Restructurings of tax-exempt bonds payable by an entity experiencing financial difficulties typically feature the yin of an obligor seeking debt relief that will permit it to operate without the stigma of potential insolvency and the yang of creditors who may wish to accommodate but do not want to leave money on the table. This frequently leads to an agreement between the obligor and the bondholders to reduce or defer principal and/or reset the interest rate. It also may lead to some variant on an “A/B” structure involving a reduced amount of debt that is unconditionally payable (the “A piece”) and a balance that is deferred and often payable on a flexible schedule dictated by available cash flow (the “B piece”).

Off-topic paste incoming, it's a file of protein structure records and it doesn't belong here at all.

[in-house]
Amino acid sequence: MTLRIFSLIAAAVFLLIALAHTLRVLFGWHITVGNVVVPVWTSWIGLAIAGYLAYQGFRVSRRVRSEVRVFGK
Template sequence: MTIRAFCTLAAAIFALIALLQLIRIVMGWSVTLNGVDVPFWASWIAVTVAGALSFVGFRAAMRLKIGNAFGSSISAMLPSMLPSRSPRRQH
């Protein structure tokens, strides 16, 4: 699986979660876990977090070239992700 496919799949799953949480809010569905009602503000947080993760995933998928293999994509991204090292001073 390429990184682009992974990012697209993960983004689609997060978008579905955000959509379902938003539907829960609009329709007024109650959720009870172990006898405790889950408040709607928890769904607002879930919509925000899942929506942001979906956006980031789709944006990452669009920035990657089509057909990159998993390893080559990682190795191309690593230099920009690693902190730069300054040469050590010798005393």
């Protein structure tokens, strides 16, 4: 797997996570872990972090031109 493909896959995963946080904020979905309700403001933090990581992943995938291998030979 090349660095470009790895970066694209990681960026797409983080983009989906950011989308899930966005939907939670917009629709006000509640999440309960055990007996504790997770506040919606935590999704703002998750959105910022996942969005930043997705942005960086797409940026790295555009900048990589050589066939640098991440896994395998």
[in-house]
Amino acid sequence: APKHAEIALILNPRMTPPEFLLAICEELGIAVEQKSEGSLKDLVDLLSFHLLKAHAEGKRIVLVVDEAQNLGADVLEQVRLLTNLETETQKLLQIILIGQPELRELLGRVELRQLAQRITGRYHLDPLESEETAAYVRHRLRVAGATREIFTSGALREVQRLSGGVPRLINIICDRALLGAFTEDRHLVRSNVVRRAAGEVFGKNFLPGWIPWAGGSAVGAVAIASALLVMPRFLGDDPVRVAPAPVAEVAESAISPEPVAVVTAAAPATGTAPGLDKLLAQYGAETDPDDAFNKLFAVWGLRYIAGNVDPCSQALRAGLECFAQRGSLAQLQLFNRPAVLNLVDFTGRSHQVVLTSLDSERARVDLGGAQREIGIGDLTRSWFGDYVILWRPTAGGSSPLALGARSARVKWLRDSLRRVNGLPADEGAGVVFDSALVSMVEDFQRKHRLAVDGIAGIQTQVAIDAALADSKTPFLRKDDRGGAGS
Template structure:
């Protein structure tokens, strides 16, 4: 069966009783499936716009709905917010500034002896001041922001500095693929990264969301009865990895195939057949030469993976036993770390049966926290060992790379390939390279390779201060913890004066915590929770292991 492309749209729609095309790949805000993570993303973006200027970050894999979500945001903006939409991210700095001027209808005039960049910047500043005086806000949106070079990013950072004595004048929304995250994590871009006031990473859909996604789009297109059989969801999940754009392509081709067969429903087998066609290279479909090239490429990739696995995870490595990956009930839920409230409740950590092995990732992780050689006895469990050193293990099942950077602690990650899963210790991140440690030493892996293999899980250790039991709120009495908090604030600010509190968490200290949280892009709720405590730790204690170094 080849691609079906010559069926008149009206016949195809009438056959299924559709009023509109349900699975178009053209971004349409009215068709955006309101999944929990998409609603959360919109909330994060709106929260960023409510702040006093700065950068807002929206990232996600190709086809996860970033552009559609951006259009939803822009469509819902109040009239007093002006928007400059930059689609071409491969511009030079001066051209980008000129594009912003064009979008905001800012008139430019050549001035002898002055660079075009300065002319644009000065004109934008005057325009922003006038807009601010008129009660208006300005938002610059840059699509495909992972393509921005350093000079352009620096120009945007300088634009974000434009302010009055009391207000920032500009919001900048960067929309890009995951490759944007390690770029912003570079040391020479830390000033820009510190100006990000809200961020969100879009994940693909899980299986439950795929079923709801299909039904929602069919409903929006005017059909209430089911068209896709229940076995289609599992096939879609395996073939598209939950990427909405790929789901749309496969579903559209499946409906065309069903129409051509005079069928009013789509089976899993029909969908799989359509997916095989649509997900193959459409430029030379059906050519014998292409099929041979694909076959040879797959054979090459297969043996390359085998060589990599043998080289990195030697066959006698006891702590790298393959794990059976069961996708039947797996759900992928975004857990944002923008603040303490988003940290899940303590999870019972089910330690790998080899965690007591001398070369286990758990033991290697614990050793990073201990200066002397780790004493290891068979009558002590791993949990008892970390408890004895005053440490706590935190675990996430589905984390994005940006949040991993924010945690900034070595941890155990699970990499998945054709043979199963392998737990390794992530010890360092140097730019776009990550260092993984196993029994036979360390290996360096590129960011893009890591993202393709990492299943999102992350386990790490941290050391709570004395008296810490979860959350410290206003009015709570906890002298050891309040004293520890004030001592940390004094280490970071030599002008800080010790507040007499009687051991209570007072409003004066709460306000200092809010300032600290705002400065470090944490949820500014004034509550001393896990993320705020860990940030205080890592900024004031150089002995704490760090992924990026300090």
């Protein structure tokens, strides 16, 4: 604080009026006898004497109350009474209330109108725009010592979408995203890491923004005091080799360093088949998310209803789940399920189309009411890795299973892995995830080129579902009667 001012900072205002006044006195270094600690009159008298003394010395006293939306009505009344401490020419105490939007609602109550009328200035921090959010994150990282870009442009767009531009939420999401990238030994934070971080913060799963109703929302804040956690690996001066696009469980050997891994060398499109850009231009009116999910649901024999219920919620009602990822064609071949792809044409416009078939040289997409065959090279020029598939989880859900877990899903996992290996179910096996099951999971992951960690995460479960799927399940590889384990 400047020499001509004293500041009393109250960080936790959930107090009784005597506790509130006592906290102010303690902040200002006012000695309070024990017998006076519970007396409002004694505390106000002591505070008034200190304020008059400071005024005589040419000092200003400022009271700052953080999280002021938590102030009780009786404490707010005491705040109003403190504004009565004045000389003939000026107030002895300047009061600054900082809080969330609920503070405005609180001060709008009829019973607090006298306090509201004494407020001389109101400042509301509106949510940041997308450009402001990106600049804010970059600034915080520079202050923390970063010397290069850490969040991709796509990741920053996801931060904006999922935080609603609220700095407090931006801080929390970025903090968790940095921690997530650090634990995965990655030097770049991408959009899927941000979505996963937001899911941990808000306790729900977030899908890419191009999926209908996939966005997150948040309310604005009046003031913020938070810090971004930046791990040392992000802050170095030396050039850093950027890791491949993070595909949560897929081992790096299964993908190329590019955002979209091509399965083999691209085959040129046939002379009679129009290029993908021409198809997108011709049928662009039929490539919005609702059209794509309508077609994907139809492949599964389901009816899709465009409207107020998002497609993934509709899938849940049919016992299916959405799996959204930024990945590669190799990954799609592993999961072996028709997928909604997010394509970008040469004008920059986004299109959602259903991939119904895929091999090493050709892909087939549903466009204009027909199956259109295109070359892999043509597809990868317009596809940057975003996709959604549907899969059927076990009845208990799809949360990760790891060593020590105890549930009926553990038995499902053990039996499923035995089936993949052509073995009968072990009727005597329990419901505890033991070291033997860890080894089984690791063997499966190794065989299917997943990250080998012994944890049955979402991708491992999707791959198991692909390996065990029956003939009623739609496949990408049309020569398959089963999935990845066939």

However, maintaining tax-exemption of the bonds often presents obstacles to restructurings, including A/B restructurings. If principal is deferred beyond a safe harbor period and/or the interest rate is altered, the restructured bonds may be considered “reissued” for tax purposes. A tax reissuance generally is not overly problematic for financially healthy bonds, as in most cases it merely requires the filing of an IRS tax report (Form 8038) by the issuer, some due diligence by bond counsel, and the issuance of a new tax opinion confirming that the reissued bonds are tax-exempt. In the case of a financially troubled obligor, however, a reissuance has raised vexing questions as to whether the restructured bonds continue to qualify as debt.
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